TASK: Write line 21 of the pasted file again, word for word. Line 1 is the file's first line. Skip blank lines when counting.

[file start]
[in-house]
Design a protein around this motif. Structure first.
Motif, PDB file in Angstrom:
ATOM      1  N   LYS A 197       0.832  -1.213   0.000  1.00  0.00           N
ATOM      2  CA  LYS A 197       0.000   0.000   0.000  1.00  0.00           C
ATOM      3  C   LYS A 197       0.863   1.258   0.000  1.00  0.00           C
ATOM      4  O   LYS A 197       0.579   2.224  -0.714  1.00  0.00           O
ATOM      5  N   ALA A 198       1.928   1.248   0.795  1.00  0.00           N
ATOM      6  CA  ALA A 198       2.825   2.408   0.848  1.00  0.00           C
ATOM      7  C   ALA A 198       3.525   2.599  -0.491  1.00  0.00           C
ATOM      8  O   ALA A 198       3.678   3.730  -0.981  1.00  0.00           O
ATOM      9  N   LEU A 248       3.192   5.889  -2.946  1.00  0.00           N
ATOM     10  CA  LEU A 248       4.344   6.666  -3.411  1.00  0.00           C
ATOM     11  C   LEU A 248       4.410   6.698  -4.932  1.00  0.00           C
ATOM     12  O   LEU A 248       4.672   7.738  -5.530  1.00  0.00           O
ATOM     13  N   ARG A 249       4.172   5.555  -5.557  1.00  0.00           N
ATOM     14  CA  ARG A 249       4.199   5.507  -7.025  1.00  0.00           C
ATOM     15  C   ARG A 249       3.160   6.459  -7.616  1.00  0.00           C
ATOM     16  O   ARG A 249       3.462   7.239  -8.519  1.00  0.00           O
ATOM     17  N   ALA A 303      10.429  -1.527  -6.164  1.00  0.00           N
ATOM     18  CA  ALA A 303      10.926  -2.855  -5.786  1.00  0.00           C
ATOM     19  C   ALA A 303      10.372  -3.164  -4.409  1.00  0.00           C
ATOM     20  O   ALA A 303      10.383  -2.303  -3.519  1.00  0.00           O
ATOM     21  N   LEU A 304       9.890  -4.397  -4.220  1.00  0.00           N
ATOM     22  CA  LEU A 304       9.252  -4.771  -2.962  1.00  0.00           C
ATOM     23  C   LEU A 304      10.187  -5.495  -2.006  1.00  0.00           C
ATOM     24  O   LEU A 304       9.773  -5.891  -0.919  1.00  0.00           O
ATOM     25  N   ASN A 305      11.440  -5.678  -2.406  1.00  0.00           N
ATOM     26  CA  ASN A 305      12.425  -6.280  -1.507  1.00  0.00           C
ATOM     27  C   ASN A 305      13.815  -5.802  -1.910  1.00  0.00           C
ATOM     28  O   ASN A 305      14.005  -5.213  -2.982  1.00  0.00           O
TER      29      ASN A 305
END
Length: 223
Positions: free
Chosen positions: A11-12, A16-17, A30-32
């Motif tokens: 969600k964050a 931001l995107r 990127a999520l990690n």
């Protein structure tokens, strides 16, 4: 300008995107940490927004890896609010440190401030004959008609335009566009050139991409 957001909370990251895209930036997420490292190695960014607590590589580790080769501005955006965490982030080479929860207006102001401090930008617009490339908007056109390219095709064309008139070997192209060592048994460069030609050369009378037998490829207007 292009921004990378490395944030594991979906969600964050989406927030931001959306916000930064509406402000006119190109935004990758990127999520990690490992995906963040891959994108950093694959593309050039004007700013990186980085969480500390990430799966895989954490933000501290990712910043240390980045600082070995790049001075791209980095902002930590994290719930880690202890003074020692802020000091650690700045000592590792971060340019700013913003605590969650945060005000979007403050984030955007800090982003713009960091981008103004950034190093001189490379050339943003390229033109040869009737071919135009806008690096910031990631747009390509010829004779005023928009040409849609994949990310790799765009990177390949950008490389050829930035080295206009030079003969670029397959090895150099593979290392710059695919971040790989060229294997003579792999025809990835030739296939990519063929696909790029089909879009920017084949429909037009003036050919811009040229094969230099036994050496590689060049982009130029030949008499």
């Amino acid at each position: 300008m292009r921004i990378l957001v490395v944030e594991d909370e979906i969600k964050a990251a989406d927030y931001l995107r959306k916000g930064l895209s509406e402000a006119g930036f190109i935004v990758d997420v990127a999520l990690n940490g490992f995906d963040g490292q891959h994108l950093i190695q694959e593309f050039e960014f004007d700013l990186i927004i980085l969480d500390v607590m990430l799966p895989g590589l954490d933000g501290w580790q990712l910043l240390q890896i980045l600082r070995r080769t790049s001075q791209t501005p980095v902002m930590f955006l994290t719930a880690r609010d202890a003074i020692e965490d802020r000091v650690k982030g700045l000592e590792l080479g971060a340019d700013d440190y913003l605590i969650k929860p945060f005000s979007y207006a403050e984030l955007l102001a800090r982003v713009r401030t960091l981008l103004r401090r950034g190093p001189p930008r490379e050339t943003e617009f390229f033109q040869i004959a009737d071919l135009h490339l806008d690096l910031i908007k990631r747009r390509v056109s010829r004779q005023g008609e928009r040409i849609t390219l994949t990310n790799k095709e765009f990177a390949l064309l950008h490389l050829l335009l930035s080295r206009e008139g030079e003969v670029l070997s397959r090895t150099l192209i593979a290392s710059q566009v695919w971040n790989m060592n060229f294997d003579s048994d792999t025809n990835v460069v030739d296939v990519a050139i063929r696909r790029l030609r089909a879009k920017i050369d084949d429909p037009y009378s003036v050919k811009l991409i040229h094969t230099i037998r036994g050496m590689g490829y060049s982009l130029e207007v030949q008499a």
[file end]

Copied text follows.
ATOM     18  CA  ALA A 303      10.926  -2.855  -5.786  1.00  0.00           C